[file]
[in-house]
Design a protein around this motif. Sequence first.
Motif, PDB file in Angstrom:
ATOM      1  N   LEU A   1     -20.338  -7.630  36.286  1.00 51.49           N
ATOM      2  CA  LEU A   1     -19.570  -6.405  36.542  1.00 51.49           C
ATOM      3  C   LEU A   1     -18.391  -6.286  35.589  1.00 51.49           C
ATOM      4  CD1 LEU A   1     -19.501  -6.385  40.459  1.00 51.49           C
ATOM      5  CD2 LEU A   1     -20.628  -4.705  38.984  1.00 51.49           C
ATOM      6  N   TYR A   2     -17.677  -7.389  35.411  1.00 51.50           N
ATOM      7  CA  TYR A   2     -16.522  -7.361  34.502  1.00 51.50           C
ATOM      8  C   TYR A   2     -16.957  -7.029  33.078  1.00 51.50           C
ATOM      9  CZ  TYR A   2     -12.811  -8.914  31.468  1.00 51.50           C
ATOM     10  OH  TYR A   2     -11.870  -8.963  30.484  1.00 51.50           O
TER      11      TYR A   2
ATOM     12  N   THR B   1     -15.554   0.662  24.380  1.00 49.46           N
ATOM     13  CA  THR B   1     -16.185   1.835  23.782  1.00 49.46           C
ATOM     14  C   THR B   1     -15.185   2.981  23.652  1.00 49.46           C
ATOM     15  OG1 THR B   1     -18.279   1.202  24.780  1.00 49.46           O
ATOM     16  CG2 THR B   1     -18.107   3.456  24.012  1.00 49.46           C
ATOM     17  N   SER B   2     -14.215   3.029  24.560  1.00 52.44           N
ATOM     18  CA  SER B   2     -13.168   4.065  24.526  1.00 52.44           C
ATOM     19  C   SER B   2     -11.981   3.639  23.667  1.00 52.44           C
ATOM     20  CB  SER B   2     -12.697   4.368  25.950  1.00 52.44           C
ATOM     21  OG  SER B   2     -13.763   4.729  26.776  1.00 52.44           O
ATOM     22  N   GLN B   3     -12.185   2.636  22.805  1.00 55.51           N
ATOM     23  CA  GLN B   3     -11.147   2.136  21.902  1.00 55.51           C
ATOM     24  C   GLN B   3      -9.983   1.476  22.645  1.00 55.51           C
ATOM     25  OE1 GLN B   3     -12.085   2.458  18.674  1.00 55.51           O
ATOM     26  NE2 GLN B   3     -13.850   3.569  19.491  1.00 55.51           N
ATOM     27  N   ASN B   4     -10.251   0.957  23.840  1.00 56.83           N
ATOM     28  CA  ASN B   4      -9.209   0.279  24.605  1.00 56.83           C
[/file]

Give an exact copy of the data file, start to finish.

[in-house]
Design a protein around this motif. Sequence first.
Motif, PDB file in Angstrom:
ATOM      1  N   LEU A   1     -20.338  -7.630  36.286  1.00 51.49           N
ATOM      2  CA  LEU A   1     -19.570  -6.405  36.542  1.00 51.49           C
ATOM      3  C   LEU A   1     -18.391  -6.286  35.589  1.00 51.49           C
ATOM      4  CD1 LEU A   1     -19.501  -6.385  40.459  1.00 51.49           C
ATOM      5  CD2 LEU A   1     -20.628  -4.705  38.984  1.00 51.49           C
ATOM      6  N   TYR A   2     -17.677  -7.389  35.411  1.00 51.50           N
ATOM      7  CA  TYR A   2     -16.522  -7.361  34.502  1.00 51.50           C
ATOM      8  C   TYR A   2     -16.957  -7.029  33.078  1.00 51.50           C
ATOM      9  CZ  TYR A   2     -12.811  -8.914  31.468  1.00 51.50           C
ATOM     10  OH  TYR A   2     -11.870  -8.963  30.484  1.00 51.50           O
TER      11      TYR A   2
ATOM     12  N   THR B   1     -15.554   0.662  24.380  1.00 49.46           N
ATOM     13  CA  THR B   1     -16.185   1.835  23.782  1.00 49.46           C
ATOM     14  C   THR B   1     -15.185   2.981  23.652  1.00 49.46           C
ATOM     15  OG1 THR B   1     -18.279   1.202  24.780  1.00 49.46           O
ATOM     16  CG2 THR B   1     -18.107   3.456  24.012  1.00 49.46           C
ATOM     17  N   SER B   2     -14.215   3.029  24.560  1.00 52.44           N
ATOM     18  CA  SER B   2     -13.168   4.065  24.526  1.00 52.44           C
ATOM     19  C   SER B   2     -11.981   3.639  23.667  1.00 52.44           C
ATOM     20  CB  SER B   2     -12.697   4.368  25.950  1.00 52.44           C
ATOM     21  OG  SER B   2     -13.763   4.729  26.776  1.00 52.44           O
ATOM     22  N   GLN B   3     -12.185   2.636  22.805  1.00 55.51           N
ATOM     23  CA  GLN B   3     -11.147   2.136  21.902  1.00 55.51           C
ATOM     24  C   GLN B   3      -9.983   1.476  22.645  1.00 55.51           C
ATOM     25  OE1 GLN B   3     -12.085   2.458  18.674  1.00 55.51           O
ATOM     26  NE2 GLN B   3     -13.850   3.569  19.491  1.00 55.51           N
ATOM     27  N   ASN B   4     -10.251   0.957  23.840  1.00 56.83           N
ATOM     28  CA  ASN B   4      -9.209   0.279  24.605  1.00 56.83           C